Jimmy Haslam is paying $1.1 billion per win, but it beats the alternative. A look at the signs of life the Browns revealed to their new owner in a 34-24 win in the Battle of Ohio.
It was a good day for old men. Browns Nation felt young again.
Jimmy Haslam, 58, is paying an average of $1.1 billion per 2012 victory. But at least a victory — 34-24 in the Battle of Ohio — exists now.
“Good win ... played well,” Haslam said on the fly.
Brandon Weeden celebrated his 29th birthday with his first NFL victory.
“Tomorrow is gonna be more fun than the last five weeks,” he said before heading to a steakhouse NFL owners and quarterbacks can afford.
Phil Dawson kicked two more field goals — he is 12-for-12 in 2012 — in what he described as “close to the worst” wind conditions of his 14 years in Cleveland.
“In this kind of wind,” he said, “one field goal should count for two.
Sheldon Brown, the oldest man on the defense, turned a comeback into a victory party with a pick six.
Leave it to the 33-year-old cornerback to put a different take on win amid the misery of an 0-5 start. He looked down the locker room toward Weeden’s stall.
“A win like this,” he said, “really helps a young quarterback. In this league, quarterback play is more important than anything.”
Nothing was happening for the longest time when Joshua Cribbs, who has been on the team longer than anyone except Dawson, popped a 60-yard punt return.
The Browns trailed 14-7 and had gone dead on offense when No. 16 worked his old magic.
“My job is adding momentum,” Cribbs said.
How’s this for mo? Before the return, the Browns had punted seven straight times. After it, they scored four straight times, twice on Dawson’s kicks, twice on Weeden-led touchdown marches of 60-some yards.
The defense gave up 438 yards but forced seven Cincinnati punts. It intercepted Andy Dalton three times, ruining his 381-yard passing day.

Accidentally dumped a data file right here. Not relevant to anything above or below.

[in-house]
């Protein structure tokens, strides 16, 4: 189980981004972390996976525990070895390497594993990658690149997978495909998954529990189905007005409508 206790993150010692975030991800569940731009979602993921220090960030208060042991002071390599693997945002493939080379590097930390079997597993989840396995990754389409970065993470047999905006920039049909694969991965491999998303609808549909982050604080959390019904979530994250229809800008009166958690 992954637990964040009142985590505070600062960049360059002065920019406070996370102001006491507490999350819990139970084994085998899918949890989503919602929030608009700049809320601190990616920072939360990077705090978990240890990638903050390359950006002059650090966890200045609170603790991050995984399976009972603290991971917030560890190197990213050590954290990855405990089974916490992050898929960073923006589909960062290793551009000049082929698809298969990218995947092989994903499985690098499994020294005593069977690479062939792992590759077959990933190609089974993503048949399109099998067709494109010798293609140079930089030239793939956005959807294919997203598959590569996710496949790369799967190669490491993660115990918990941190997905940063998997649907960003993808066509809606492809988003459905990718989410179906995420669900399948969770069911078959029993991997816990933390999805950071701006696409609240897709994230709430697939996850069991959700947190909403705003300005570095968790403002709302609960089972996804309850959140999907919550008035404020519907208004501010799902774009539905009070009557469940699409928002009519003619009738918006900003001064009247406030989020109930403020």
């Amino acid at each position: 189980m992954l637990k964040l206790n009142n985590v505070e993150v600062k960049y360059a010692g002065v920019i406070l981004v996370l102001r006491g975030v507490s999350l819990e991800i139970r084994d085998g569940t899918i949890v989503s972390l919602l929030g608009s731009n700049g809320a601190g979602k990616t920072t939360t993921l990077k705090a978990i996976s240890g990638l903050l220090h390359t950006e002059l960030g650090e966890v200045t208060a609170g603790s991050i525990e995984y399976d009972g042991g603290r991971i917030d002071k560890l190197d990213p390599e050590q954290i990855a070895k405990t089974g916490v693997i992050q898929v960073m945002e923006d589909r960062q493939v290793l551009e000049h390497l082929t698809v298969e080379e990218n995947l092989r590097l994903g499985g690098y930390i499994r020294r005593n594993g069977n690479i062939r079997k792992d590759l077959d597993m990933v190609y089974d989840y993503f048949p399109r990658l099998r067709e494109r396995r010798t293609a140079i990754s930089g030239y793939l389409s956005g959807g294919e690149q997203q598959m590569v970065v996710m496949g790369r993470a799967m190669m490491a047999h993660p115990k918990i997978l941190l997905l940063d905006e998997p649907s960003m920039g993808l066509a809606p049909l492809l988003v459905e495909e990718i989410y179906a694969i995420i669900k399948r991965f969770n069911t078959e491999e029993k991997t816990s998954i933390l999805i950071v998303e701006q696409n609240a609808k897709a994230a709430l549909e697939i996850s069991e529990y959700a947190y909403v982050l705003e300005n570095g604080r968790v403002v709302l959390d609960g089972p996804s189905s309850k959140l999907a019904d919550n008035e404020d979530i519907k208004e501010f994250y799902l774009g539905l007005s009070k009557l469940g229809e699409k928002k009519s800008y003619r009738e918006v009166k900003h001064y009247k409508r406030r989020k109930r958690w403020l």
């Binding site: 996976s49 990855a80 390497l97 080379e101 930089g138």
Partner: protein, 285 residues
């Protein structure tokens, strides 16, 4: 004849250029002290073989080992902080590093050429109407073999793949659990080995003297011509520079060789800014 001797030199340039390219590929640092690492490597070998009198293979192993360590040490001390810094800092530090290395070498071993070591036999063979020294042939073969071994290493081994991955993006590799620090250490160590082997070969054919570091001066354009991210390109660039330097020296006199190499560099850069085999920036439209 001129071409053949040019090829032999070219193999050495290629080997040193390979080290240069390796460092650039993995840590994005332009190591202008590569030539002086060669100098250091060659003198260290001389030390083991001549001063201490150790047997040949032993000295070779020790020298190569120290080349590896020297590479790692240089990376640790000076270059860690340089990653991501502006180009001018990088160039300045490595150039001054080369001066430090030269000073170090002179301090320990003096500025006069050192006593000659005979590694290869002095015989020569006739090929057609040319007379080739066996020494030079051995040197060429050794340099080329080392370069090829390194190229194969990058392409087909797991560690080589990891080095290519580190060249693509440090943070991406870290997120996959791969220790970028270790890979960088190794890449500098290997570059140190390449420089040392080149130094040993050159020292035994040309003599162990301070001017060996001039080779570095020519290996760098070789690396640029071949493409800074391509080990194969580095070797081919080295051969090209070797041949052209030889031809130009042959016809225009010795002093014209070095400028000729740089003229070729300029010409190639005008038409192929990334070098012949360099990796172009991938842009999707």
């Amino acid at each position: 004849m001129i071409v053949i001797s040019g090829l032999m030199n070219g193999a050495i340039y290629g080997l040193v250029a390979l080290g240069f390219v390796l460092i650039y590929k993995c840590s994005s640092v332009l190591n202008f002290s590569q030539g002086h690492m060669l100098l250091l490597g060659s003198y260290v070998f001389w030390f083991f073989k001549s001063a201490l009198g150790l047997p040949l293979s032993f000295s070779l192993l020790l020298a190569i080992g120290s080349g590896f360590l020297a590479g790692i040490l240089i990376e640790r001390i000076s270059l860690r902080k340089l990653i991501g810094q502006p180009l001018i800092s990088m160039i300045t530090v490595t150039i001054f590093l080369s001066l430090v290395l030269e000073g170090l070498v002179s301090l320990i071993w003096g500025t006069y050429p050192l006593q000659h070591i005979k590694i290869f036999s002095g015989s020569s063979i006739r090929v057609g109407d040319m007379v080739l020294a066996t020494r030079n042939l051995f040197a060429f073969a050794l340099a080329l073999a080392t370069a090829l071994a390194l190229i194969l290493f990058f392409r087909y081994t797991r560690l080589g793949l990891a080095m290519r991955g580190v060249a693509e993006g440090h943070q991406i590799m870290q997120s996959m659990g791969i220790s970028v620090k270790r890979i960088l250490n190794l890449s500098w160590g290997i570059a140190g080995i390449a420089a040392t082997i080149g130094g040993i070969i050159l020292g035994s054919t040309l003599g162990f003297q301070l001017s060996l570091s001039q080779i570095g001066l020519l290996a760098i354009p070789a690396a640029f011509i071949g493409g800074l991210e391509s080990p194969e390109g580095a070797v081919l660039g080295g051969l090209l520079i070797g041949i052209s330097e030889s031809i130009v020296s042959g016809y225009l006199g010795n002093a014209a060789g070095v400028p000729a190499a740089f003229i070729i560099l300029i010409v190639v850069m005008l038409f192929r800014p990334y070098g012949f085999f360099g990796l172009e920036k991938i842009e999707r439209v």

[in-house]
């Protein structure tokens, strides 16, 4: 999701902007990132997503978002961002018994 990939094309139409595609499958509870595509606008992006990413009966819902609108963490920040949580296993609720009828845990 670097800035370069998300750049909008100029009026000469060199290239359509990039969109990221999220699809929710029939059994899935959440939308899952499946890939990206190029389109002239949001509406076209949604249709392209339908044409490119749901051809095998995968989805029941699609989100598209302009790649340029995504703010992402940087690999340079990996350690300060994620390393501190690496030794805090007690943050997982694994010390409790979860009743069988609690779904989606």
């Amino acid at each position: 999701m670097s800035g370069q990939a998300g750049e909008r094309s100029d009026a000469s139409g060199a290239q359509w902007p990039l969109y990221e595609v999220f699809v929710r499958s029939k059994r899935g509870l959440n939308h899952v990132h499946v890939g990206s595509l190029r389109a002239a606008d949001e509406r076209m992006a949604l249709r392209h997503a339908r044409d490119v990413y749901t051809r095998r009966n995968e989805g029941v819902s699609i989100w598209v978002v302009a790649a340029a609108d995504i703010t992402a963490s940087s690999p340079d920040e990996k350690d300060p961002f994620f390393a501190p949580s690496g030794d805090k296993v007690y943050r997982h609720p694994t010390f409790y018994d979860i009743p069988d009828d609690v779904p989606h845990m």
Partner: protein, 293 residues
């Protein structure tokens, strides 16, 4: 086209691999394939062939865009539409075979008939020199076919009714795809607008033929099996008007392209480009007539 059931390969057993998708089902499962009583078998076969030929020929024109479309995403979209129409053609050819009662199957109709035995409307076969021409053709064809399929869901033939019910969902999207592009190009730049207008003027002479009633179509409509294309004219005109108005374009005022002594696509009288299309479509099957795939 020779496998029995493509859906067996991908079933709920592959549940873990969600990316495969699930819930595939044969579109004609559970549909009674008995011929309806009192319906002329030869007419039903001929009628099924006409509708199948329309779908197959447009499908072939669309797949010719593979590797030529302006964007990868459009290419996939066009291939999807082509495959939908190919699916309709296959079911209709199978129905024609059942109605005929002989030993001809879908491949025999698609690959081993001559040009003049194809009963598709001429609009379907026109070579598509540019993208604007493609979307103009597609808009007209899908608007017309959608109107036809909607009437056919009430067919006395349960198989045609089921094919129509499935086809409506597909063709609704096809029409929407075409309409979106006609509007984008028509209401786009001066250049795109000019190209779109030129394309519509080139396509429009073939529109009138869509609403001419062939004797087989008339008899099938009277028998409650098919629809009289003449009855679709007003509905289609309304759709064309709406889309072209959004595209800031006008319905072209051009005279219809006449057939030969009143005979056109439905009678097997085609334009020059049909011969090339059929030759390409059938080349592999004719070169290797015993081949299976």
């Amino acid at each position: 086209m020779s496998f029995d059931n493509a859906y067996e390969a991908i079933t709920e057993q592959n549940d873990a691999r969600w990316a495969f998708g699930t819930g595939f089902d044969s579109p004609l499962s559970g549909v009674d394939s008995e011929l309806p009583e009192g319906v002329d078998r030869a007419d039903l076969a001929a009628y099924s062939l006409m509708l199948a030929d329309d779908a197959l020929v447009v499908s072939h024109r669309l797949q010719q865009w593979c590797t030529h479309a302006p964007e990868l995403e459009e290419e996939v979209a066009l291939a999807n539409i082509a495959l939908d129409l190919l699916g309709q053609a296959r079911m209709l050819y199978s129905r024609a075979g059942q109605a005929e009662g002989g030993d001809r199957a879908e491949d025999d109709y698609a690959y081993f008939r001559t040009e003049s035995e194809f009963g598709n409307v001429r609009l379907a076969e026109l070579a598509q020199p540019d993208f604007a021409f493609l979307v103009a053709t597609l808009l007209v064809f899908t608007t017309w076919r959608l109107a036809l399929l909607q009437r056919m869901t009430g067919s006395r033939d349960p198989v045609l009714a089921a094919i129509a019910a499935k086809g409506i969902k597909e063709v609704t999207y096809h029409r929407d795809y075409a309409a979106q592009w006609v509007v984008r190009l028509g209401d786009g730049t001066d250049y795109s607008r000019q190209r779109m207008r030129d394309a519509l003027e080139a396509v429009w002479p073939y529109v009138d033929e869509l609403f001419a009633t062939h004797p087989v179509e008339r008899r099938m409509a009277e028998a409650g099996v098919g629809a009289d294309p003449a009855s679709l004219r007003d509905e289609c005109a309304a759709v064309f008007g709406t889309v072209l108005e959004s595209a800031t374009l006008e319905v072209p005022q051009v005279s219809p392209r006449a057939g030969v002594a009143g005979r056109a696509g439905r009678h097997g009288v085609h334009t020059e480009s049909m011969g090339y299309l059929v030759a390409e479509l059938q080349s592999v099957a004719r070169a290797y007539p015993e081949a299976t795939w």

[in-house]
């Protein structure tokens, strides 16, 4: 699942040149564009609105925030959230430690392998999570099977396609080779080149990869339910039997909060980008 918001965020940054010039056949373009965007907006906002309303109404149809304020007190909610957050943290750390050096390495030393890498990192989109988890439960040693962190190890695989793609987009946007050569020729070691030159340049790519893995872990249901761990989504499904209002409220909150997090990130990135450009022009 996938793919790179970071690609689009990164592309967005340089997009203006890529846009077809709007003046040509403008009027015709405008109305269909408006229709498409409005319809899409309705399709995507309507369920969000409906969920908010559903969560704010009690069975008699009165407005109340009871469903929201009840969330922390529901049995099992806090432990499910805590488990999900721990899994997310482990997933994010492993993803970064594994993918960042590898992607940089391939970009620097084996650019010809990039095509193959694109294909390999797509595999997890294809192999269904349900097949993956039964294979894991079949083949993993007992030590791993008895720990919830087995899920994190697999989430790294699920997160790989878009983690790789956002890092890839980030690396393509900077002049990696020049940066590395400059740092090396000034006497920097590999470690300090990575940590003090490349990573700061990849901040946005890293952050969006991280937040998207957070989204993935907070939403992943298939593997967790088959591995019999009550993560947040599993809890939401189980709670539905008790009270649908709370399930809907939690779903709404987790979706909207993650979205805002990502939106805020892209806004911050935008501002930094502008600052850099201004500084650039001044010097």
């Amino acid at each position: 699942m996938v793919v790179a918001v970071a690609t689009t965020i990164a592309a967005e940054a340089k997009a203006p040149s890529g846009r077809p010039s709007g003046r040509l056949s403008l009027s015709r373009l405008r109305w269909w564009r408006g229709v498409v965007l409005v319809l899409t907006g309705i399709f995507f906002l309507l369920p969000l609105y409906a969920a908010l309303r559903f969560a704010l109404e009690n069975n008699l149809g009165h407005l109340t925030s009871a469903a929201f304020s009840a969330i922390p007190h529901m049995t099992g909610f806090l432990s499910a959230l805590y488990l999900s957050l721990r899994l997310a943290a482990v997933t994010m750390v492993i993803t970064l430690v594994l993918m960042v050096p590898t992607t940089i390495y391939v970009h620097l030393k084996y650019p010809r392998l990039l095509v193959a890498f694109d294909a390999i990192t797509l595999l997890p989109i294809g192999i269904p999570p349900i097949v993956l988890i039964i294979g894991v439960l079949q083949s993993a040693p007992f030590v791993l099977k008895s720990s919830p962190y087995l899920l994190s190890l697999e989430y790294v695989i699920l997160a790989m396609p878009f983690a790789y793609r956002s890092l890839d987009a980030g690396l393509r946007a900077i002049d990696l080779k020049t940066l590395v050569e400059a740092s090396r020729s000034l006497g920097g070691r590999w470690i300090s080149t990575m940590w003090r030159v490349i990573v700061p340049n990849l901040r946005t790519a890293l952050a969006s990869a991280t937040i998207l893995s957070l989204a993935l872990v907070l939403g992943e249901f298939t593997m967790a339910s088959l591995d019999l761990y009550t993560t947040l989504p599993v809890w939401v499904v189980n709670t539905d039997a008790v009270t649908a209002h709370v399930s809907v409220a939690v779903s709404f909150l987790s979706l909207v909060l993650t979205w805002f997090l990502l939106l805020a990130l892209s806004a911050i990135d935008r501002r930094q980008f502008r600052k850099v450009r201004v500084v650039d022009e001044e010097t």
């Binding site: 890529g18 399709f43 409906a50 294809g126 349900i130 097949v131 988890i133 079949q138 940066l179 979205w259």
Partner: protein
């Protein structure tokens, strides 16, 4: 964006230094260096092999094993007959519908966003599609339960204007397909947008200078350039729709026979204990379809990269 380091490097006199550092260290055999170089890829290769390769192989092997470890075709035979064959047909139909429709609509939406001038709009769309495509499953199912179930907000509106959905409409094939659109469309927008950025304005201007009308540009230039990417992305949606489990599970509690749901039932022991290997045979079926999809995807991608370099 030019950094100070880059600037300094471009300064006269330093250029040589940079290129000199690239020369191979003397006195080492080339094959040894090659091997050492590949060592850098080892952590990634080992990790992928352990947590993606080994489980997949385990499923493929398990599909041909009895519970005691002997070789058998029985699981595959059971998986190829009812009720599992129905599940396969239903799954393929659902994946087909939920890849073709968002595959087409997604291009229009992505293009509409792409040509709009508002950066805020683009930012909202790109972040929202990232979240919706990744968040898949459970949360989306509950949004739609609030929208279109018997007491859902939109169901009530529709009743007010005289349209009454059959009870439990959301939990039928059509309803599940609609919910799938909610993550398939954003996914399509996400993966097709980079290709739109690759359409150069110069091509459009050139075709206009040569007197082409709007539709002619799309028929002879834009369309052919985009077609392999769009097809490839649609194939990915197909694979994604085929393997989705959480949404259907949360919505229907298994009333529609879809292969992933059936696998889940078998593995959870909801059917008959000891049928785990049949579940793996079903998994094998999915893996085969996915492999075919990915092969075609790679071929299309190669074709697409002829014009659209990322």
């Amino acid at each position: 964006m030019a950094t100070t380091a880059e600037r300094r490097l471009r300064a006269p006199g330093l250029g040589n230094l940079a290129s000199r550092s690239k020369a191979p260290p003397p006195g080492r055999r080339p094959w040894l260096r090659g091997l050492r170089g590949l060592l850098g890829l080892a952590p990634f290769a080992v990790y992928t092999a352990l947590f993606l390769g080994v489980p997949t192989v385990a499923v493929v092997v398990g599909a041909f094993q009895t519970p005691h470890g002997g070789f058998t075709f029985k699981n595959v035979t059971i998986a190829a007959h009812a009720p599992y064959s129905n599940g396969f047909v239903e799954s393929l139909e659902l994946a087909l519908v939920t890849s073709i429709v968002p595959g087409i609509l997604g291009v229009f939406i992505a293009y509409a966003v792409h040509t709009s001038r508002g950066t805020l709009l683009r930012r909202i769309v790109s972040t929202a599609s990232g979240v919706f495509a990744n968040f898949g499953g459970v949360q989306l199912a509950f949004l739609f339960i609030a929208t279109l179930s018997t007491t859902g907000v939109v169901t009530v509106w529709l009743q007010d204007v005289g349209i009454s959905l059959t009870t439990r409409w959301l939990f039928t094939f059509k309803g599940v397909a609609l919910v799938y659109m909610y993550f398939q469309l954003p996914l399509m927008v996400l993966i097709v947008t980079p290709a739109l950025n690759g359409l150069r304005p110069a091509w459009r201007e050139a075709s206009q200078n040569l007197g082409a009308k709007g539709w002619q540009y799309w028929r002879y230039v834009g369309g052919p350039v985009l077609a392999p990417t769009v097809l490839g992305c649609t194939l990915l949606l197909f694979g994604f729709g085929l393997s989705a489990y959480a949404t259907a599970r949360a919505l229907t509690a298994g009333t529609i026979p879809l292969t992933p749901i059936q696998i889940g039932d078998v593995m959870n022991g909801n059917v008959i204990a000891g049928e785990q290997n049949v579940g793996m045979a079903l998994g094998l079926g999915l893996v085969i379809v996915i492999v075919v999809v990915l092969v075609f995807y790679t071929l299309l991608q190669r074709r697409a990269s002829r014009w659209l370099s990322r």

“This is huge,” linebacker Kaluka Maiava said. “We’ve been in every one of our games, but we came out with losses. Everybody dogged us. ‘We’re worth nothing.’
“We knew we’re a solid team. But if a team is 0-6 ... that tears it up a little bit.”
Instead, the Browns head to Indianapolis with a chance to be 2-5.
“You kind of don’t want to say it,” Cribbs said, “but I think we’re on to something. This is the start.”
At 3:30 on a Sunday afternoon, The storm clouds rolled in from Bay Village, and Browns Stadium was rocking after Brown’s pick six.
He knifed in front of wideout Brandon Tate at the Cincinnati 12, stole the ball on the run and sprinted with it all the way to the Dawg Pound.
“Man, I was so excited,” said 23-year-old cornerback Joe Haden.
Page 2 of 2 - Brown’s big play provided a 34-17 with 7:50 left, but Haden, returning from a four-game suspension, got smoked by A.J. Green for a 57-yard touchdown moments later.
The Bengals quickly got the ball back, stirring thoughts of the ultimate bummer of a loss.
Making sure it wasn’t a bad day for young men, second-year pro Emmanuel Stephens clobbered Dalton for a strip sack, and rookie defensive tackle Billy Winn scooped up the ball and ran 35 yards.
“I saw Emmanuel flying off the edge,” Winn said. “I saw him hit Dalton. Immediately, I heard the crowd roar, which told me the ball had come out.
“I looked to the ground, and there it was.”
It was one of those magical days when the stars are aligned.
A win? A start?
The happy ending came after a same-old-Browns beginning.
The Bengals took over on a punt with 3:33 left in the first quarter.
No. 33, Trent Richardson and No. 3 Weeden were unable to get the crowd in the game.
The Browns’ first series ended when a Weeden pass was tipped at the line and picked off. The second series ended on a punt. Coach Pat Shurmur was trying to ride Richardson — the rookie touched the ball on the first four snaps of the Browns’ first two series — to no avail. The Bengals nursed a 7-0 lead for a while.
No. 13 changed the Browns’ luck. Rookie wideout Josh Gordon got wide open on the right side, and Weeden hung out a bomb that Gordon turned into a one-handed catch and a 71-yard touchdown.
The defense made a stop.
Then the Browns did what they do best: Find a way to lose.
A breakdown in punt coverage led to a long return, setting up a Bengals touchdown and 14-7 halftime lead.
In the second half, Weeden came out throwing — poorly. Three quick incomplete passes set up a punt.
The Browns got the ball again and fed Richardson twice. Stuff, stuff, third-and-nine dink pass to Owen Marecic for his second drop of the game, punt.
It was hard to watch what the Browns were doing on the field, but then. As Haslam gazed from the owner’s booth the grandstand wall behind the Browns bench, he saw thousands of empty seats.
It wasn’t a bad crowd at all, given how bad the team is, but the faces in the house weren’t really close to the announced “paid attendance,” 67,060.
Maybe the “60” was good luck. Cribbs brought back that punt 60 yards to re-energize the crowd.
It turned into a big win. At least, it felt like a big win afterward in a town where losing has gotten so old.